2004 was marked most painfully by the infamous attack by Islamic militants on a school in the small town of Beslan. After a horrific three day hostage crisis, Russian forces attacked the school, freeing over 800 hostages, at an atrocious cost of at least 330 dead, including perhaps as many as 180 of them children.
The attacks discussed above are mere samples of the attacks that Russia has sustained, focusing on those best known to the West. The death of dozens in Russia often warrants only the merest mention in Europe and North America; even yesterday’s devastating attacks in Moscow barely made top story on many news websites. Regrettably, due to conflicting sources, the high likelihood of media censorship and frequently adjusted official body counts, all of the above numbers should be considered suspect and approximate, but basically accurate.
Russia is a country very much in the midst of seeking a return to past glories, even at the expense of antagonizing potential partners like the United States. Russian President Dmitri Medvedev has sought to reestablish Russia’s preeminence in the world by backing the Iranian nuclear program, rebuilding Russia’s military capability, forging friendships with anti-U.S. dictators all over the world and reasserting Russian sovereignty over vast swathes of disputed Arctic territory. It is simply not conceivable that Russia will not respond massively to this latest attack, which makes the typical Western disinterest in Russian domestic affairs all the more perplexing.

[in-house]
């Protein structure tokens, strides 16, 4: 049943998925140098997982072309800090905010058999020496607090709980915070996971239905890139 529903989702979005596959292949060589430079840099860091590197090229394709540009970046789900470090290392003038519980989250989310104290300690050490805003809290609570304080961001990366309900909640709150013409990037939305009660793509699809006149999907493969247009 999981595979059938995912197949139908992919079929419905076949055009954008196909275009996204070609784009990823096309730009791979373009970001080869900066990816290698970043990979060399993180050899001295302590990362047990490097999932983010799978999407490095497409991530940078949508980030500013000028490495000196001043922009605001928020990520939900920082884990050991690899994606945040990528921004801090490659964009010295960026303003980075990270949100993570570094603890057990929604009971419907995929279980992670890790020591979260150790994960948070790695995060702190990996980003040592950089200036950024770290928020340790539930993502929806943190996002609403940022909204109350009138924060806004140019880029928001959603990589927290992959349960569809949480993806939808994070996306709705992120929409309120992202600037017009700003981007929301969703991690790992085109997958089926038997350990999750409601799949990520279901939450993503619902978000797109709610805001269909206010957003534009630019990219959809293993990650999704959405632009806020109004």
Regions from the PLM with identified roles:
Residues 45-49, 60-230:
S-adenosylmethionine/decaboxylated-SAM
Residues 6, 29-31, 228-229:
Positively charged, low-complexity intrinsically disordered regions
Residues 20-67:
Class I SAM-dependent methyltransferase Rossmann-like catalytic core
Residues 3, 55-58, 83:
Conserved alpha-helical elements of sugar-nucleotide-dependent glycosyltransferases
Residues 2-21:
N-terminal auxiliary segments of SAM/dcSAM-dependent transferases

Indeed, both Medvedev and Prime Minister Vladimir Putin, considered by many observers to be the real man in charge of Russia, have warned of swift reprisals. The Caucasus region could be on the verge of yet another humanitarian disaster. Medvedev has promised that the terrorists would be pursued and defeated. Putin was blunter, saying simply that those responsible would be destroyed. This does not bode well for those unlucky enough to be pinned between the two warring sides.
These attacks, and whatever retaliatory action Russia chooses to launch, constitutes a whole other front in the war against terror, one that is oft-overlooked because the Russians continue to consider the NATO allies — natural partners for Russia in the fight against militant Islam — as the more serious enemy. It is bitterly ironic that even while Russia counts its dead in the wake of this latest attack by Islamists, it continues to offer diplomatic and technical support to the Iranian drive to develop nuclear weapons. Yesterday, Muslim fanatics killed dozens. In the years to come, they may well kill millions. The Russian government should choose this moment to reconsider its own indirect support of terrorist groups such as Hamas and Hezbollah, which are bankrolled by Tehran while Russia gives Iran all the diplomatic cover it needs by stymieing American and European efforts to level tough sanctions against the Ahmadinejad regime.
In the days to come, Russia will bury its dead, tighten security and seek someone to destroy for this atrocity. Whether or not it will recognize that itsr true enemy lays to its south, and not across the ocean in America, remains to be seen. Given the past behavior of this regime, however, it seems likely that Moscow is willing to grapple with more than one enemy at a time.